This year we mark the 15th anniversary of the Enron Scandal — the uncovering of egregious business practices that led to prosecution and jail time for some executives and provided the stimulus for legislative actions.
Passed in 2002, the Sarbanes-Oxley (S-Ox) Act was designed to close gaps in corporate integrity and governance oversight; it called for financial oversight by committees of independent board members with content expertise in auditing and finance. The legislation excluded charitable/non-profit organizations.
To its credit, the Agency for Healthcare Research and Quality studied effective practices for quality oversight by hospital governing boards, and concluded that hospitals and health systems would benefit by embracing S-Ox core principles of good governance — with one important caveat: a hospital’s fiduciary responsibility is inextricably linked to providing high-quality clinical care to the public it serves, and this should be reflected in board operations and director position descriptions.
I and other colleagues in the healthcare quality sector understood that good governance was an important step in reducing the unacceptably high rate of medical error in our nation’s hospitals, and argued that hospitals should be held accountable for the value of their services (i.e., cost-effective, high quality care with improved clinical outcomes) in the same way proprietary corporations are held accountable for financial strength and comprehensiveness.
Then the stunning financial crisis of 2008-2009 made it clear that board independence and expertise were not enough; hence the passage of the Dodd-Frank Act that expanded for-profit board requirements and spurred corporate directors to build even more independence and diversity of expertise into their board structures and governance codes.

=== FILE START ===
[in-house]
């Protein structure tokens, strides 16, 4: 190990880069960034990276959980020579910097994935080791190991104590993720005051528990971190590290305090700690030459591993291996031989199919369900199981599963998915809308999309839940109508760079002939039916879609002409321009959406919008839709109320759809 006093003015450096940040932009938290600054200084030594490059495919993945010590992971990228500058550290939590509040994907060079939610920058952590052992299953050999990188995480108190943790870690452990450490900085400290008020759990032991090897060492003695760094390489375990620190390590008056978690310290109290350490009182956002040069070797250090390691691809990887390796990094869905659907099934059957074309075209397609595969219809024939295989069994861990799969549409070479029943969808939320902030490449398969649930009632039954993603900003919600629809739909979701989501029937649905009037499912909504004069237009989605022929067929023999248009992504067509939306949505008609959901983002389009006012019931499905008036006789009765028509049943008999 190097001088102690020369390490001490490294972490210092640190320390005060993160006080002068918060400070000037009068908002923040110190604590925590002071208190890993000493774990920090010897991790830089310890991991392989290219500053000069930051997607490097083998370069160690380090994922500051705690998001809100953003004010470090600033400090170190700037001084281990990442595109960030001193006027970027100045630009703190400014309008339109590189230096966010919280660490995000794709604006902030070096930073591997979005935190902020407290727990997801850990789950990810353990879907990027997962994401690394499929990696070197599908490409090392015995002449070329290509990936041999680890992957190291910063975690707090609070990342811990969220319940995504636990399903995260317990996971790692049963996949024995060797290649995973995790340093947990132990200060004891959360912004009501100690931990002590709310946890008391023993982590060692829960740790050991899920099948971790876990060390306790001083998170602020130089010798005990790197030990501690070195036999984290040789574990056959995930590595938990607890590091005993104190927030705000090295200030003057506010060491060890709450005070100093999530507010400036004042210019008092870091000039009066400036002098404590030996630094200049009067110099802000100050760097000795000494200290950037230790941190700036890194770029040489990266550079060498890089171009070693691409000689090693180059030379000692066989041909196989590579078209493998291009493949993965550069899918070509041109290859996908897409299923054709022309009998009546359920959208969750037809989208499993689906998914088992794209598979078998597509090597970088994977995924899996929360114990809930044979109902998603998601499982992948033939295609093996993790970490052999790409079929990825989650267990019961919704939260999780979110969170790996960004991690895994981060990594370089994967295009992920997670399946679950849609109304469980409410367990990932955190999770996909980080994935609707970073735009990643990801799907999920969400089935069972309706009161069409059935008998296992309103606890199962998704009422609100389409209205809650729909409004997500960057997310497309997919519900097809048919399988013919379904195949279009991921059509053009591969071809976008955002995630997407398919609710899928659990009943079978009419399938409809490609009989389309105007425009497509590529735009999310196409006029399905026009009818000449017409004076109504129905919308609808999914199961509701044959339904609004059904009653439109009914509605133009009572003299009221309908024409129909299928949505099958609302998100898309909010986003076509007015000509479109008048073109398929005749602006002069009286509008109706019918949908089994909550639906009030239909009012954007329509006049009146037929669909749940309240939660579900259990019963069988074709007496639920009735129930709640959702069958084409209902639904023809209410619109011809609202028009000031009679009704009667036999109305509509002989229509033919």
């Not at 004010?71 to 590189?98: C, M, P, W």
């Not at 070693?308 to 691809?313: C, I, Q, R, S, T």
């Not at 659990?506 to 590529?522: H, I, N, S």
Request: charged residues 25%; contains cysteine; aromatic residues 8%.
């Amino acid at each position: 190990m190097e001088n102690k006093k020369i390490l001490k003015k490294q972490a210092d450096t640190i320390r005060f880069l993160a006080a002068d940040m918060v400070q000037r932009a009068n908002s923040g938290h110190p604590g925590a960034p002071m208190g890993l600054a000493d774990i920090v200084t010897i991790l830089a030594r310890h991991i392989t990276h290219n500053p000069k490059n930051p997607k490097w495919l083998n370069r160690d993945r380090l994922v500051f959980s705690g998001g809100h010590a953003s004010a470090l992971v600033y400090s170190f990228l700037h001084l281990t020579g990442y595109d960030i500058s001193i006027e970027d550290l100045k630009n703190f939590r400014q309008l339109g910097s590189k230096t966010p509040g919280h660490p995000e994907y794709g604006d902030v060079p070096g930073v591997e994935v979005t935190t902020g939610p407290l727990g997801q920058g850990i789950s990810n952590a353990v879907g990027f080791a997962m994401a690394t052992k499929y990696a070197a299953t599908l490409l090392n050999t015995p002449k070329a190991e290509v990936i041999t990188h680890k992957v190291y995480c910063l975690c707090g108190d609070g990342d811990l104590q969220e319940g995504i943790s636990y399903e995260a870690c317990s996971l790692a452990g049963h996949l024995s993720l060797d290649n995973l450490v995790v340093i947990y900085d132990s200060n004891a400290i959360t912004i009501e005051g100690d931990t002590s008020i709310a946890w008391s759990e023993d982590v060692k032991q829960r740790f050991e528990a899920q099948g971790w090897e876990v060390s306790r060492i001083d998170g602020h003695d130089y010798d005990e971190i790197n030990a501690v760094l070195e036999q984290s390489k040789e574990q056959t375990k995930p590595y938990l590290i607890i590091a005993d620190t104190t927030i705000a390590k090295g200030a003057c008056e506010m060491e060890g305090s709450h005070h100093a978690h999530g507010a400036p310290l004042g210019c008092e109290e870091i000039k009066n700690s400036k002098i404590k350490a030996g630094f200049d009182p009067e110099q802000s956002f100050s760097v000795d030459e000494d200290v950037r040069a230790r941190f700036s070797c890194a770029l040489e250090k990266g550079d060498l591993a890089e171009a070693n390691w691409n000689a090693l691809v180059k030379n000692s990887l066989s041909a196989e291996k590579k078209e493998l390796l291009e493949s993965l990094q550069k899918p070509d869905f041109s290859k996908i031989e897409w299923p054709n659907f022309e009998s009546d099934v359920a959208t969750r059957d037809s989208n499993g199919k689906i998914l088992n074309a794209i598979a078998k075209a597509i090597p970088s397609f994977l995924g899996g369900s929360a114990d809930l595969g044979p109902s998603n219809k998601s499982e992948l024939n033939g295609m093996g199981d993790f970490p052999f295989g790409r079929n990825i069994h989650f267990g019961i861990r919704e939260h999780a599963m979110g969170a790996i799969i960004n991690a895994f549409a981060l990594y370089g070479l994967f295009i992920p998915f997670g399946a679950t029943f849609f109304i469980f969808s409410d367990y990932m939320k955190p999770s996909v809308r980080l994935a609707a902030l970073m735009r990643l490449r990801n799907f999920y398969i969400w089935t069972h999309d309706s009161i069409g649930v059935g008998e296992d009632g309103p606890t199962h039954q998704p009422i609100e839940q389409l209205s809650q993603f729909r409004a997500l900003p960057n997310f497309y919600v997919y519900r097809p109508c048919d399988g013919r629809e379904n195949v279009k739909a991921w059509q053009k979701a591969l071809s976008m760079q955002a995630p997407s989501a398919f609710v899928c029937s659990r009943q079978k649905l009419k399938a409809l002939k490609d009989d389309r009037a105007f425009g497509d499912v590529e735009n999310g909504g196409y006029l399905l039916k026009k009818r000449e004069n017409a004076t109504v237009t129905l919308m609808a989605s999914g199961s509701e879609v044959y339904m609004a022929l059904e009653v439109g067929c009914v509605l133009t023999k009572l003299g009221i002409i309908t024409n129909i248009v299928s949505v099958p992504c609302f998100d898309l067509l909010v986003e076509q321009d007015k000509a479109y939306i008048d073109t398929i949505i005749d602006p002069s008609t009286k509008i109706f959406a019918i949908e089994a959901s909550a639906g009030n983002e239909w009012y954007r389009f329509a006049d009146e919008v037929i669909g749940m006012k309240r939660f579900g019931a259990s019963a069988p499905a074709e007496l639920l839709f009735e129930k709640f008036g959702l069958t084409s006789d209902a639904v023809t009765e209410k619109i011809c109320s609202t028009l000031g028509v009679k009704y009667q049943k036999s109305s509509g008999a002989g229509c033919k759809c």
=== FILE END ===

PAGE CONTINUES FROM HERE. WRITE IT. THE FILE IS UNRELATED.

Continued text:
So, have we made any progress with respect to good governance in healthcare sector?
If we look at what I believe is the primary indicator, the answer would be, “Not enough”; medical error is still the third leading cause of death in the U.S.
Large non-profit organizations are run in the same way as for-profits and I believe that their boards of directors should be subject to the same level of scrutiny; unfortunately, this is not the case.
Lay hospital board members are usually unpaid, and most lack content expertise in the disciplines that are vital to good governance — e.g., quality management, patient safety, health economics, population health.
In his recent article for JAMA, Michael Jellinek, MD, takes it a step further; he makes the case that hospital’s chief role is to serve the community by ensuring ethical, sustainable, high quality treatment at a reasonable cost — and that trustees should look to the principles of population health management as a means to decrease the use of unnecessary services and lower costs for patients.
It all boils down to good governance — and a Dodd-Frank moment for hospital boards.